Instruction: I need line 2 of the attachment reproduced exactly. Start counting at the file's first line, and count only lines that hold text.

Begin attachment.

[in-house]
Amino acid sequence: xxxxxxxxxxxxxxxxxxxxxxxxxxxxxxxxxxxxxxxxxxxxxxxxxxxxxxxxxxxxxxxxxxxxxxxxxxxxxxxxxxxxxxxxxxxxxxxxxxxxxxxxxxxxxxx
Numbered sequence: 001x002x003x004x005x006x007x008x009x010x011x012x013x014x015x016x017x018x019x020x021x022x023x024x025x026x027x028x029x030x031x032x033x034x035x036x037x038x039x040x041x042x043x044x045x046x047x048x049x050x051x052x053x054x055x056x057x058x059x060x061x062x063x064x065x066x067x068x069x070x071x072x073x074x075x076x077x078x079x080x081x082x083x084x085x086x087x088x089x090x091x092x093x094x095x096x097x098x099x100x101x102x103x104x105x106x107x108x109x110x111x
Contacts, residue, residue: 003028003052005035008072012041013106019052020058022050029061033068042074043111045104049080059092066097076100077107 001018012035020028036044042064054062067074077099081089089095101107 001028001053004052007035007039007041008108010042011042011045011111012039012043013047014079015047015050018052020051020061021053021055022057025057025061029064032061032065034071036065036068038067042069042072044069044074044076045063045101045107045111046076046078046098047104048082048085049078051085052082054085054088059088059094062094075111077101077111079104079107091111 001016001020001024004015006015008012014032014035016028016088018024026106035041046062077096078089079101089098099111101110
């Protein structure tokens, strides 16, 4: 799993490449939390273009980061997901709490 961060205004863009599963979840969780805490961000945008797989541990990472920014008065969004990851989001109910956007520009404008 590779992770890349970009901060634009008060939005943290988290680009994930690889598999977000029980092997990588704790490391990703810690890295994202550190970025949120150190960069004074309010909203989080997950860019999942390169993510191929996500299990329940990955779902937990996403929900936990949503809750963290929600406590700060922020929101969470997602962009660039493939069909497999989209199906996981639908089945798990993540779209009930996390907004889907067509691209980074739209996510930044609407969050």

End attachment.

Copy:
Amino acid sequence: xxxxxxxxxxxxxxxxxxxxxxxxxxxxxxxxxxxxxxxxxxxxxxxxxxxxxxxxxxxxxxxxxxxxxxxxxxxxxxxxxxxxxxxxxxxxxxxxxxxxxxxxxxxxxxx